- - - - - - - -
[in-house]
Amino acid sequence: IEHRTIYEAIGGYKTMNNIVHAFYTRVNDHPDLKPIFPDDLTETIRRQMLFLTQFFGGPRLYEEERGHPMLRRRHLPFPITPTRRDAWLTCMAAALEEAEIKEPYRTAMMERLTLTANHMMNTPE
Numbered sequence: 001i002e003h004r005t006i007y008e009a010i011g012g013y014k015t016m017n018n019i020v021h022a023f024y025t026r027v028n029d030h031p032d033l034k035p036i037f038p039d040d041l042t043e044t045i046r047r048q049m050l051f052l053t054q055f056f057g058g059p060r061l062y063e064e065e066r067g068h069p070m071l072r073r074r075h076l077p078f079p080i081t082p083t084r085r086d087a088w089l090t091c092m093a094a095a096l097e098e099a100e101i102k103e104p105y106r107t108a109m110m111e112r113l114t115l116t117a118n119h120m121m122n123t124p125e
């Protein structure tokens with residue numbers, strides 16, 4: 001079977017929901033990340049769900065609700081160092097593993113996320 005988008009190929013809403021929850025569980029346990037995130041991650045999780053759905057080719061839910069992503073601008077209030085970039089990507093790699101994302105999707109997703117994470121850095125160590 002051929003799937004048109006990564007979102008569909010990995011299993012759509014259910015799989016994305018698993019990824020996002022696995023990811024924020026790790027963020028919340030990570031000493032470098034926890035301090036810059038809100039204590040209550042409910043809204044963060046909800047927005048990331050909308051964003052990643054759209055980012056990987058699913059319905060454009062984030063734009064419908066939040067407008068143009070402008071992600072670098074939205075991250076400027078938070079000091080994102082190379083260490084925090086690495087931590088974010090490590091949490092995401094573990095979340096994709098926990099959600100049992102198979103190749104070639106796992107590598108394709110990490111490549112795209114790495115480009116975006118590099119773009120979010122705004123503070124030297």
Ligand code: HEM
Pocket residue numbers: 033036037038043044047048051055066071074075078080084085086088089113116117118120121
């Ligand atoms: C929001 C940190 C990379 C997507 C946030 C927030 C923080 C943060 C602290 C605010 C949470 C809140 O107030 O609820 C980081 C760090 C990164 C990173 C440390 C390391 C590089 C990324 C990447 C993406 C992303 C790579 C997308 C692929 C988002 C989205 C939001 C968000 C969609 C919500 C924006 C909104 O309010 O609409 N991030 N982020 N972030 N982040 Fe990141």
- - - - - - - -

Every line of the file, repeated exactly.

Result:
[in-house]
Amino acid sequence: IEHRTIYEAIGGYKTMNNIVHAFYTRVNDHPDLKPIFPDDLTETIRRQMLFLTQFFGGPRLYEEERGHPMLRRRHLPFPITPTRRDAWLTCMAAALEEAEIKEPYRTAMMERLTLTANHMMNTPE
Numbered sequence: 001i002e003h004r005t006i007y008e009a010i011g012g013y014k015t016m017n018n019i020v021h022a023f024y025t026r027v028n029d030h031p032d033l034k035p036i037f038p039d040d041l042t043e044t045i046r047r048q049m050l051f052l053t054q055f056f057g058g059p060r061l062y063e064e065e066r067g068h069p070m071l072r073r074r075h076l077p078f079p080i081t082p083t084r085r086d087a088w089l090t091c092m093a094a095a096l097e098e099a100e101i102k103e104p105y106r107t108a109m110m111e112r113l114t115l116t117a118n119h120m121m122n123t124p125e
């Protein structure tokens with residue numbers, strides 16, 4: 001079977017929901033990340049769900065609700081160092097593993113996320 005988008009190929013809403021929850025569980029346990037995130041991650045999780053759905057080719061839910069992503073601008077209030085970039089990507093790699101994302105999707109997703117994470121850095125160590 002051929003799937004048109006990564007979102008569909010990995011299993012759509014259910015799989016994305018698993019990824020996002022696995023990811024924020026790790027963020028919340030990570031000493032470098034926890035301090036810059038809100039204590040209550042409910043809204044963060046909800047927005048990331050909308051964003052990643054759209055980012056990987058699913059319905060454009062984030063734009064419908066939040067407008068143009070402008071992600072670098074939205075991250076400027078938070079000091080994102082190379083260490084925090086690495087931590088974010090490590091949490092995401094573990095979340096994709098926990099959600100049992102198979103190749104070639106796992107590598108394709110990490111490549112795209114790495115480009116975006118590099119773009120979010122705004123503070124030297």
Ligand code: HEM
Pocket residue numbers: 033036037038043044047048051055066071074075078080084085086088089113116117118120121
């Ligand atoms: C929001 C940190 C990379 C997507 C946030 C927030 C923080 C943060 C602290 C605010 C949470 C809140 O107030 O609820 C980081 C760090 C990164 C990173 C440390 C390391 C590089 C990324 C990447 C993406 C992303 C790579 C997308 C692929 C988002 C989205 C939001 C968000 C969609 C919500 C924006 C909104 O309010 O609409 N991030 N982020 N972030 N982040 Fe990141």